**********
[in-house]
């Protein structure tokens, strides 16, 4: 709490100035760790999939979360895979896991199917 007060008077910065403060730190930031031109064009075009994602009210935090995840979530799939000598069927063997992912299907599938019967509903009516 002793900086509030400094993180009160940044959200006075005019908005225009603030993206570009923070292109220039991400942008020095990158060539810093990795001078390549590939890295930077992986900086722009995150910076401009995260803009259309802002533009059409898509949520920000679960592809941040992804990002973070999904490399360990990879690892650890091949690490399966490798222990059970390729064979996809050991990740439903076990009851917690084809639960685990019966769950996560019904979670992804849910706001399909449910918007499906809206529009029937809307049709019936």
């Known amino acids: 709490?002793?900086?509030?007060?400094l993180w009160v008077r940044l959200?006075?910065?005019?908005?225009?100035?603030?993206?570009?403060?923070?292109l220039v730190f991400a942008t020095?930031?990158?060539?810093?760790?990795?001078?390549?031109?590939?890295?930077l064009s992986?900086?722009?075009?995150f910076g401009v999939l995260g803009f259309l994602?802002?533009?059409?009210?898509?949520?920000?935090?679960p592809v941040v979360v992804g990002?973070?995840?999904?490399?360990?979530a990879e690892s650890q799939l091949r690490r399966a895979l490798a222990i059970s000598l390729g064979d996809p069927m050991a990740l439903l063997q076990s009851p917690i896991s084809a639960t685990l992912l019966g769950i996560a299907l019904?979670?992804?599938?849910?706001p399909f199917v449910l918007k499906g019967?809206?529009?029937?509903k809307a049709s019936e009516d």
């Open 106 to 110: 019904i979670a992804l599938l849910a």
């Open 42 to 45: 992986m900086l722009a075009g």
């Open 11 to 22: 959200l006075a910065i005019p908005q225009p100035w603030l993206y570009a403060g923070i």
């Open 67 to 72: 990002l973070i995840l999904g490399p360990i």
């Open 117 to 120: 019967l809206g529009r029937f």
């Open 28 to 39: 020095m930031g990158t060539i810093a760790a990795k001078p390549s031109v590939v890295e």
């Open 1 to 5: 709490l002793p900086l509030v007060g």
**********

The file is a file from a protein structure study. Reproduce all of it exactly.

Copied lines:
[in-house]
């Protein structure tokens, strides 16, 4: 709490100035760790999939979360895979896991199917 007060008077910065403060730190930031031109064009075009994602009210935090995840979530799939000598069927063997992912299907599938019967509903009516 002793900086509030400094993180009160940044959200006075005019908005225009603030993206570009923070292109220039991400942008020095990158060539810093990795001078390549590939890295930077992986900086722009995150910076401009995260803009259309802002533009059409898509949520920000679960592809941040992804990002973070999904490399360990990879690892650890091949690490399966490798222990059970390729064979996809050991990740439903076990009851917690084809639960685990019966769950996560019904979670992804849910706001399909449910918007499906809206529009029937809307049709019936």
């Known amino acids: 709490?002793?900086?509030?007060?400094l993180w009160v008077r940044l959200?006075?910065?005019?908005?225009?100035?603030?993206?570009?403060?923070?292109l220039v730190f991400a942008t020095?930031?990158?060539?810093?760790?990795?001078?390549?031109?590939?890295?930077l064009s992986?900086?722009?075009?995150f910076g401009v999939l995260g803009f259309l994602?802002?533009?059409?009210?898509?949520?920000?935090?679960p592809v941040v979360v992804g990002?973070?995840?999904?490399?360990?979530a990879e690892s650890q799939l091949r690490r399966a895979l490798a222990i059970s000598l390729g064979d996809p069927m050991a990740l439903l063997q076990s009851p917690i896991s084809a639960t685990l992912l019966g769950i996560a299907l019904?979670?992804?599938?849910?706001p399909f199917v449910l918007k499906g019967?809206?529009?029937?509903k809307a049709s019936e009516d």
């Open 106 to 110: 019904i979670a992804l599938l849910a």
């Open 42 to 45: 992986m900086l722009a075009g």
């Open 11 to 22: 959200l006075a910065i005019p908005q225009p100035w603030l993206y570009a403060g923070i």
């Open 67 to 72: 990002l973070i995840l999904g490399p360990i």
């Open 117 to 120: 019967l809206g529009r029937f």
């Open 28 to 39: 020095m930031g990158t060539i810093a760790a990795k001078p390549s031109v590939v890295e």
């Open 1 to 5: 709490l002793p900086l509030v007060g």